Montana Bureau of Mines and Geology
Montana Tech of The University of Montana
Butte, MT 59701-8997
Telephone: (406) 496-4379
Fax: (406) 496-4451
In the seven years that digital geologic maps have been constructed at the Montana Bureau of Mines and Geology (MBMG) using Arc/Info, a major problem has been providing base information that makes the maps more useful. Because of cost considerations, very few geologic maps are being produced by offset printing. In the past few years, most maps have been released as open-file reports. We are moving toward producing these, and possibly additional map series, as plot-on-demand digital products.
The current fundamental mapping scale at MBMG is 1:100,000. In the past few years, digital line-graph data of cultural features and water and digital public land survey system data became available at several mapping scales. However, the most important base feature for geologic maps is topography. To date, we have used three different techniques to add topographic data to digital geologic map products, each of which has associated advantages and problems: (1) mechanical topographic contours, (2) raster topographic contours, and (3) digital hillshade relief. The methods, problems, and successes of these different approaches are summarized below.
(1) Mechanical topographic contours: A blackline mylar plot of the geologic arcs and labels is overlain on a blackline mylar of a U.S. Geological Survey (USGS) topographic quadrangle to produce a sepia mylar from which diazo prints are made. This method is a holdover from our previous printing methods for production of open-file maps (Figure 1A). Major problems with this approach are: (a) having to use a large vacuum frame and separate light source rather than our roller-drive diazo print machine; (b) needing screened mylars of all topographic quadrangles; (c) the need for linework to be relatively heavy for adequate reproduction quality, and (d) the resulting lack of a colored product. We never fully carried out this procedure.
(2) Raster topographic contours: A raster representation of a USGS topographic quadrangle is acquired from a digital raster graphic (DRG) file or by in-house scanning (usually at 400 dpi) of a mylar of the USGS topographic quadrangle. The image is then layered with geologic data. The topographic data from DRG files need some processing to strip out some colors, change the colorizing scheme to shades of gray, and turn the white areas transparent. The raster data are rectified in Arc/Info, on our Unix system. Image processing is done on personal computers using Adobe Photoshop and Macromedia Freehand. Geologic data have been added with or without colored polygons. Our current approach is to overlay colored polygons with gray-scaled topographic data, and then put geologic arcs and annotations in black over the other layers, and to print the product on our 360 dpi inkjet plotter (Figure 1B). The main problems with the products are (a) the busyness of the maps where unit labels and other data are superimposed on base data, and (b) the lack of contrast between some polygon colors and the gray topographic base data. These color maps are more useful than maps with blackline geology on blackline topography of method (1), but lack some of the crispness and readability of maps produced with vector basemap data.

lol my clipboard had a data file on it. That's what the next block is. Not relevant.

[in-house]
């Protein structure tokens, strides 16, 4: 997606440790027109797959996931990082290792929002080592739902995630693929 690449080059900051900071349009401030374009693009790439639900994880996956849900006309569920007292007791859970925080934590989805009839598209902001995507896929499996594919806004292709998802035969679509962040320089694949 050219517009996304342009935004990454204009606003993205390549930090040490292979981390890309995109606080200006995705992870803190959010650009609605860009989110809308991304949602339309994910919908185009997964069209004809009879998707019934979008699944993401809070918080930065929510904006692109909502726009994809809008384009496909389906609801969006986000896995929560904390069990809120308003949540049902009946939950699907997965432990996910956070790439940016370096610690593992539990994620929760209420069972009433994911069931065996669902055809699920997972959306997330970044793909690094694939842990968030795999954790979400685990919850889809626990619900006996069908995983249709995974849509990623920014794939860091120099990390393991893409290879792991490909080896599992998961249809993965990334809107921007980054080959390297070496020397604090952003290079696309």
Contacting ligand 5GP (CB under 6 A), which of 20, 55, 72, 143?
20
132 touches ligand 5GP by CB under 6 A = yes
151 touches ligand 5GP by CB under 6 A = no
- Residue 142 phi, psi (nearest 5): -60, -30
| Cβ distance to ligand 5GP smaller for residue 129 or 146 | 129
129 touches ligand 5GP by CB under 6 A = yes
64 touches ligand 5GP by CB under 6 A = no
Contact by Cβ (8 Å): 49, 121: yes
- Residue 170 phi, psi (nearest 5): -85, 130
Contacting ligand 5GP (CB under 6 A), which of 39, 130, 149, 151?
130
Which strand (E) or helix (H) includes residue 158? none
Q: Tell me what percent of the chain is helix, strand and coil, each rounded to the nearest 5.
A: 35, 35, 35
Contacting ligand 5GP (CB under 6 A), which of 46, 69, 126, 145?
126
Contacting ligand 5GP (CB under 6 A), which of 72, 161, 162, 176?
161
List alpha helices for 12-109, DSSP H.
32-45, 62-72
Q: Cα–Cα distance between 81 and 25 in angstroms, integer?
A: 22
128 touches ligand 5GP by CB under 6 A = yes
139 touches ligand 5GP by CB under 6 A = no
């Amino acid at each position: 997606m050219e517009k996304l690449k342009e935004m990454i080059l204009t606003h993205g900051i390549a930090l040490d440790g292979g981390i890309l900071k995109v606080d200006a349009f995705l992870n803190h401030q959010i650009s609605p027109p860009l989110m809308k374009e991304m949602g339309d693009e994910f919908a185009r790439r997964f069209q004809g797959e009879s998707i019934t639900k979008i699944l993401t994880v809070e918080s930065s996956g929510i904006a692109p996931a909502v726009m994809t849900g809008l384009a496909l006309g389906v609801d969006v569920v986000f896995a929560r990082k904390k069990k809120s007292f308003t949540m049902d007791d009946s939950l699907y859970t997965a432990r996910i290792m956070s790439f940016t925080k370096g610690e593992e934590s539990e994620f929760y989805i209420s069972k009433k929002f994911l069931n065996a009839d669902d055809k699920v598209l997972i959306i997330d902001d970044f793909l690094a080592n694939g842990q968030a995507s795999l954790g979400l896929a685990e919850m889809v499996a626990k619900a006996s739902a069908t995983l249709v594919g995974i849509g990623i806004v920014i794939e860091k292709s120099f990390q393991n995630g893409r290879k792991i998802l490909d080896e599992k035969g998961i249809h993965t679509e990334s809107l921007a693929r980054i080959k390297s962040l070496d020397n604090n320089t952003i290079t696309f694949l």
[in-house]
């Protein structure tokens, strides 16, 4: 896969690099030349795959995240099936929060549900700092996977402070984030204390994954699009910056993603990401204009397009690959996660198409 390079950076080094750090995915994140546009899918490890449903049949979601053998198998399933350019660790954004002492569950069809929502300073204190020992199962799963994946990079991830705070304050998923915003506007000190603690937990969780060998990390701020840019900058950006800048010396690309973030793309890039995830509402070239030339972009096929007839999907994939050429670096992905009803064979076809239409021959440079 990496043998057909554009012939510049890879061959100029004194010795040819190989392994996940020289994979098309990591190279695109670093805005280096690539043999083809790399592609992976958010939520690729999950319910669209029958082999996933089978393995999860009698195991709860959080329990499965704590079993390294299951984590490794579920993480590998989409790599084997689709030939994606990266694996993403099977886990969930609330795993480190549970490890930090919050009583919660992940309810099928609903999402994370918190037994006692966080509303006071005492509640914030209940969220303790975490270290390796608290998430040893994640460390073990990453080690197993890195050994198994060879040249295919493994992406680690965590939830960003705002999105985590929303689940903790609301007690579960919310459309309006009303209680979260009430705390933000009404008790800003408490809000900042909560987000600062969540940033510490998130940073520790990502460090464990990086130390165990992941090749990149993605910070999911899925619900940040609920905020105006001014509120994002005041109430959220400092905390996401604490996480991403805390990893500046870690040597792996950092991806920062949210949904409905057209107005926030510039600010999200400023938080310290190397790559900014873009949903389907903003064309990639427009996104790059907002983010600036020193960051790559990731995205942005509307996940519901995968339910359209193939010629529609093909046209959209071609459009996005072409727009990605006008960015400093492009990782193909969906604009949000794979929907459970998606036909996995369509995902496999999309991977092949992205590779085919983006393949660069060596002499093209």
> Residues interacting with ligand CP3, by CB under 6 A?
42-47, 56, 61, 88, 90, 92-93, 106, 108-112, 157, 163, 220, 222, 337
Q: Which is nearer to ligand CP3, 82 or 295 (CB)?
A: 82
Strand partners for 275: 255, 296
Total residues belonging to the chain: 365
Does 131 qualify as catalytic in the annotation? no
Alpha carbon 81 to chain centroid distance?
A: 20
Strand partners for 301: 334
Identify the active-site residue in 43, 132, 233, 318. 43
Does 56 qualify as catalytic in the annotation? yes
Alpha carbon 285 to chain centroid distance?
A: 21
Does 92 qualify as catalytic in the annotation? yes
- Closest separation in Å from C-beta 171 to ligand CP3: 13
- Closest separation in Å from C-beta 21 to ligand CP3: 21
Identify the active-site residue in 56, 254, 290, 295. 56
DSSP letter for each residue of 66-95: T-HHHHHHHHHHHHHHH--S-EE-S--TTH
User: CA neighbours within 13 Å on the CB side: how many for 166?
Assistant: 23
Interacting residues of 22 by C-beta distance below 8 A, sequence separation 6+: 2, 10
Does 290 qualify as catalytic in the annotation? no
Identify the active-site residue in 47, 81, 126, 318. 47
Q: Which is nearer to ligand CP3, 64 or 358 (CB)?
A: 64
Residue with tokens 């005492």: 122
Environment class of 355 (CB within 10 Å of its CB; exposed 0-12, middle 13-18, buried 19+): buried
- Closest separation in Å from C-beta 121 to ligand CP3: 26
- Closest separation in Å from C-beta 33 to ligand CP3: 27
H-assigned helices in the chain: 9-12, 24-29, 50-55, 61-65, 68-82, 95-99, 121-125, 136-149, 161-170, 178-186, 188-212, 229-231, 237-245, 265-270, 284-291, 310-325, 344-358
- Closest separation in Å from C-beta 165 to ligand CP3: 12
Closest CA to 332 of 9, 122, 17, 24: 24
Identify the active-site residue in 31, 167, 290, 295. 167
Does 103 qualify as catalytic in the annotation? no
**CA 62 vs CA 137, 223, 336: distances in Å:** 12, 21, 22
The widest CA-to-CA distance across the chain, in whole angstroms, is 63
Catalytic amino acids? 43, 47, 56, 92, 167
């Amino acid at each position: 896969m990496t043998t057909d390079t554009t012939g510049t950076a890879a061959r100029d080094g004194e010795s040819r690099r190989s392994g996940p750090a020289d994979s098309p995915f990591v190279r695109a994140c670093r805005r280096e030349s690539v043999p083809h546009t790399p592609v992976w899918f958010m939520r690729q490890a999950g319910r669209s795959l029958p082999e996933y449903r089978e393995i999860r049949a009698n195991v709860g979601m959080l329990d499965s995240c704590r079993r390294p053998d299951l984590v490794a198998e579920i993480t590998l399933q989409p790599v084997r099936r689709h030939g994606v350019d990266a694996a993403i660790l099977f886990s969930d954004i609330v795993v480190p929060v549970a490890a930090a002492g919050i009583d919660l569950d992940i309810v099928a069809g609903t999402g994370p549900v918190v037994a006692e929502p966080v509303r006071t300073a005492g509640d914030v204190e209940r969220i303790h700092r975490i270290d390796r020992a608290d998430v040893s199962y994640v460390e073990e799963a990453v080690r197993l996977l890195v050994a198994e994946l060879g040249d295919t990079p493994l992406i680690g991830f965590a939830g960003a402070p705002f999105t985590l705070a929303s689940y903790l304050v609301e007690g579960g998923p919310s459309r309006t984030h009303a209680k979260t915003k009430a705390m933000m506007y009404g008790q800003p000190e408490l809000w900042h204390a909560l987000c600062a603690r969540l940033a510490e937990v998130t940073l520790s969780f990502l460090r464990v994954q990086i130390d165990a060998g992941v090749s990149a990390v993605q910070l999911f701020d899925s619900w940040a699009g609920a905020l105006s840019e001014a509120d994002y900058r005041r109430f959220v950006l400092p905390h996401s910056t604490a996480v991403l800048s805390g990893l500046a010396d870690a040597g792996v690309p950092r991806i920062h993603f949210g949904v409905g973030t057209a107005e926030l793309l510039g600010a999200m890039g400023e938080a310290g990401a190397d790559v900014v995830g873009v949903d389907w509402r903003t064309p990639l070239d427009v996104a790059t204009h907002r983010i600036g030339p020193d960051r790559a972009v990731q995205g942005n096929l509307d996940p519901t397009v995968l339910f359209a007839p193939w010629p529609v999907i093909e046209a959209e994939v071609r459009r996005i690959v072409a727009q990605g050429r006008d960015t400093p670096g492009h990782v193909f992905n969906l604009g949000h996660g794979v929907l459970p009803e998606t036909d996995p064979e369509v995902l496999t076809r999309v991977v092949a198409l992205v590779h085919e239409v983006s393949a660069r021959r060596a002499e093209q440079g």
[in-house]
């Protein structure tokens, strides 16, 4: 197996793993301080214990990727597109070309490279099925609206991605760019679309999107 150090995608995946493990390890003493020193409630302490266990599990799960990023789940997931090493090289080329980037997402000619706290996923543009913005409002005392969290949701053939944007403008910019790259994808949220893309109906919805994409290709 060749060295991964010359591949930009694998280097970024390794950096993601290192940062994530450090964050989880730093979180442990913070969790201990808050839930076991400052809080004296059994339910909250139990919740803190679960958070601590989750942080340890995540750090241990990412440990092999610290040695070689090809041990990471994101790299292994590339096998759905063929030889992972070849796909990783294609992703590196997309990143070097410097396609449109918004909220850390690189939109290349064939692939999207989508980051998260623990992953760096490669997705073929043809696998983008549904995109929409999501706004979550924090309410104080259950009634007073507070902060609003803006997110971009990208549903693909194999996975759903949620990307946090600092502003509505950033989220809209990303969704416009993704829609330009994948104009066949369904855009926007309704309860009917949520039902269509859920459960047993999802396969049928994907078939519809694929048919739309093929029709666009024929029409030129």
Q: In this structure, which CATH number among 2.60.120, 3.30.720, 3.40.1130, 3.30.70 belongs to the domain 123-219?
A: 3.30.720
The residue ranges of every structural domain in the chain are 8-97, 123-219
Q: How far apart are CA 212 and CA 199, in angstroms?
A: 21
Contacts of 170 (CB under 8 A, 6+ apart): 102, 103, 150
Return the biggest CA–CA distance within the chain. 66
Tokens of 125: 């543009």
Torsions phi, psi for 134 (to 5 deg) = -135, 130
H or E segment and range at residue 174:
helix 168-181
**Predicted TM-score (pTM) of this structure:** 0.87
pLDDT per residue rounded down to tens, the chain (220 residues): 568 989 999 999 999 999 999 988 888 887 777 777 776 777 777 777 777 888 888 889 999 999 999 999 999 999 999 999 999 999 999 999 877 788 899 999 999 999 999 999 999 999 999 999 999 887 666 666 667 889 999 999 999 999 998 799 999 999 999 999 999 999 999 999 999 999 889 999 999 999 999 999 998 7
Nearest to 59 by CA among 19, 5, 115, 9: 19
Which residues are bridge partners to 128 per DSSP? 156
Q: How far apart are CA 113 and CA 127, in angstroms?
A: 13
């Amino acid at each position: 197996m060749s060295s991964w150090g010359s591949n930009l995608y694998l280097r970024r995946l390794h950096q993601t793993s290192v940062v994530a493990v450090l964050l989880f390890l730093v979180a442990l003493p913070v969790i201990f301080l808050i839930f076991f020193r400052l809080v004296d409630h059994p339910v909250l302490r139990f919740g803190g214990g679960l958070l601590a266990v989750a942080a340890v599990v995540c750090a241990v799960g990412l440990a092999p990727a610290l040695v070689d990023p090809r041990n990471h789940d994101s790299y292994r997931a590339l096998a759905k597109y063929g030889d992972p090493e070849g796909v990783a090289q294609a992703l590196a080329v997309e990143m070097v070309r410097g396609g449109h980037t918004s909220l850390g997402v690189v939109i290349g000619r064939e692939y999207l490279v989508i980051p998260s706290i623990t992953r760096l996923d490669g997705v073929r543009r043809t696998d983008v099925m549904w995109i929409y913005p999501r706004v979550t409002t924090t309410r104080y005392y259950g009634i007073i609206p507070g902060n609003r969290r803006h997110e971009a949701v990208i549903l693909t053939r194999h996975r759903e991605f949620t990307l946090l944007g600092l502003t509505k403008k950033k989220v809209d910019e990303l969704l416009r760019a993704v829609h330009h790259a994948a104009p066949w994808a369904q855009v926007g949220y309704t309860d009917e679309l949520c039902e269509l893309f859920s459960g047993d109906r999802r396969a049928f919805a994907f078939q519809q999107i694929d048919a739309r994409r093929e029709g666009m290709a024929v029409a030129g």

|Figure 1. Examples of geologic maps produced by two methods of adding topographic data to geology layers. Contacts, faults, and axial traces of folds are shown by solid or dashed lines; concealed contacts, faults, and axial traces of folds are dotted. The grids are sections in the public land survey system.|
Map (A) Example of a sepia mylar used to make diazo prints of Open-File Report, using method (1) to supply topographic contour and geologic data. Note that (a) the thick line weights required by the diazo print process make for poor definition between geologic and base data, and (b) the general busyness of the map.
Map (B) Gray-scale plot of a color print, made from a 360 dpi inkjet plotter, showing results of method (2). Gray-colored base data, on the original print, are on top of the colored polygons, but beneath the black arcs and annotations. Resolution of some of the base data is poor; some of the labels on the base are illegible. There is an overall decrease in the busyness of the linework in comparison to Map (A).
(3) Digital hillshade relief: A gray hillshade image produced from a digital elevation model (DEM) is combined with the geologic coverage to produce a shaded-relief geologic map. The hillshade is constructed in Arc/Info from available DEM's (mostly 30 m data with artifacts in western MT and three arc-second data in eastern MT). Filtering and vertical exaggeration of the elevation data are typically used. Topographic and geologic data are composited as grids, producing three grids in the hue-saturation-value model, which allows for lightening or darkening of the image when a graphics file is created (Renaud, 1994). Where adequate DEM data are available (currently only in western MT), the products make visually striking displays that show geologic data in a highly understandable format. However, the lack of topographic contours hinders geologic applications that require quantitative elevation data.
Ideally, at a minimum we hope to print and provide digital versions of our geologic maps with contour bases; we hope also to provide hillshaded topographic bases, depending on the needs of the customer. Acquisition of raster topographic contour data that is legible at map scales is a surmountable problem; acquiring similar vector data is more of a problem. Method (2) will likely be used to produce our normal products. The enthusiastic reception we have received for geologic maps on shaded relief topographic bases encourages us to continue to produce these products.
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